Open, reproducible analysis and reporting of data provenance for high-security health and administrative data

Year of award: 2019


  • Dr Jessica Butler    

    University of Aberdeen, United Kingdom

Project summary

Many types of routinely-collected data from the NHS and other government agencies are available for research in the UK. To protect privacy, data governance law requires that only project-specific portions of the data be extracted, filtered and anonymised before release for research. Currently little information is provided to researchers on the methods used to produce their data. This lack of transparency results in an increased risk of propagating undetected error and leaves the resulting research difficult or impossible to evaluate and reproduce.

We will co-design, pilot and evaluate methods for recording and reporting provenance for research using high-security data. The result will be a method to report data provenance that maintains privacy and makes the research more findable, accessible, interoperable and reproducible. Our approach recognises that meeting the needs of data guardians and researchers requires active cooperation. It is a collaboration between data guardians, computing scientists specialising in provenance and trust, an expert in service evaluation methods, and a specialist in open science practice.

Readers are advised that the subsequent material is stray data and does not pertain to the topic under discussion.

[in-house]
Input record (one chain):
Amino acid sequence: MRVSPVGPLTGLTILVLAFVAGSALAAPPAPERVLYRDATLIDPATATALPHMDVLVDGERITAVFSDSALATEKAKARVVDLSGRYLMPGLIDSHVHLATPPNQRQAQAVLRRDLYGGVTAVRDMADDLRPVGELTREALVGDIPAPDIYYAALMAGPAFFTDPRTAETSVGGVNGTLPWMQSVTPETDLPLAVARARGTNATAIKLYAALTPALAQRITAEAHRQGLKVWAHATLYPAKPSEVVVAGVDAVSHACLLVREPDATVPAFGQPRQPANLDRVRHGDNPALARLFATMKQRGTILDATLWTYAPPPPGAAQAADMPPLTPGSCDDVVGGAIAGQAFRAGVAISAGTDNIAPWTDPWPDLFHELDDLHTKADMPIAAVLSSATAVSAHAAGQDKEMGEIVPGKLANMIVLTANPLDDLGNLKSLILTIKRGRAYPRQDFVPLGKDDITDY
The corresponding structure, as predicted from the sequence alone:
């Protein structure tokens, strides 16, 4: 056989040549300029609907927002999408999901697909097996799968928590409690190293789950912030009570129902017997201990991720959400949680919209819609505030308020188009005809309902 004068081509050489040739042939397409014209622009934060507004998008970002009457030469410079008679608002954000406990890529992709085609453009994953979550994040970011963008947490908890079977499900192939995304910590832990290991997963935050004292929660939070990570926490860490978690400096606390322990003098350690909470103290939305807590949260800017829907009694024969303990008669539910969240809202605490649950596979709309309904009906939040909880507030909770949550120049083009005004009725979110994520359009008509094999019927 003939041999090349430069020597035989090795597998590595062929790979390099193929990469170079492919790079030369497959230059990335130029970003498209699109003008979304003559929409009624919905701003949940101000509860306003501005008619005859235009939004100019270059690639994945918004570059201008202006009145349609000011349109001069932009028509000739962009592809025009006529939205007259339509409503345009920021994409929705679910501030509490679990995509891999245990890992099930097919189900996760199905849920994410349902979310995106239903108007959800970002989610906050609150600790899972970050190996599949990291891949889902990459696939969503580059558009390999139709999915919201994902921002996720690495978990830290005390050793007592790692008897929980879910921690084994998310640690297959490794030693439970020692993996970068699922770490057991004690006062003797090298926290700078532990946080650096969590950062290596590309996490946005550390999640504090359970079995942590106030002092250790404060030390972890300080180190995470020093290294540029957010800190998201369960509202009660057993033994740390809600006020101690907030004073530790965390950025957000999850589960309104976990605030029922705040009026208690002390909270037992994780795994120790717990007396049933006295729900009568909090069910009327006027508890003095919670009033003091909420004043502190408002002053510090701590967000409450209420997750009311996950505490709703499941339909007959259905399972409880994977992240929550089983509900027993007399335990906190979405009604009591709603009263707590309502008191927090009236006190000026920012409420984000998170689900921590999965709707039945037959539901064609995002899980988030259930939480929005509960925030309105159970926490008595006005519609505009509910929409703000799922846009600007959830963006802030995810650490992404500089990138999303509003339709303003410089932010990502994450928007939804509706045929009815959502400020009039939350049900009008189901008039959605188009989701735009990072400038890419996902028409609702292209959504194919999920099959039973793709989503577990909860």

The project will provide a provenance ontology model for the high-security NHS Data Safe Haven and open-source resources for tracking and safely reporting provenance data for research. The method is designed to be scalable across the UK’s high-security environments that host a range of government data. No tools for capture and reporting of data provenance from these environments exist. This project lays the groundwork for a process that is required for fair use of the public’s data for healthcare research and innovation.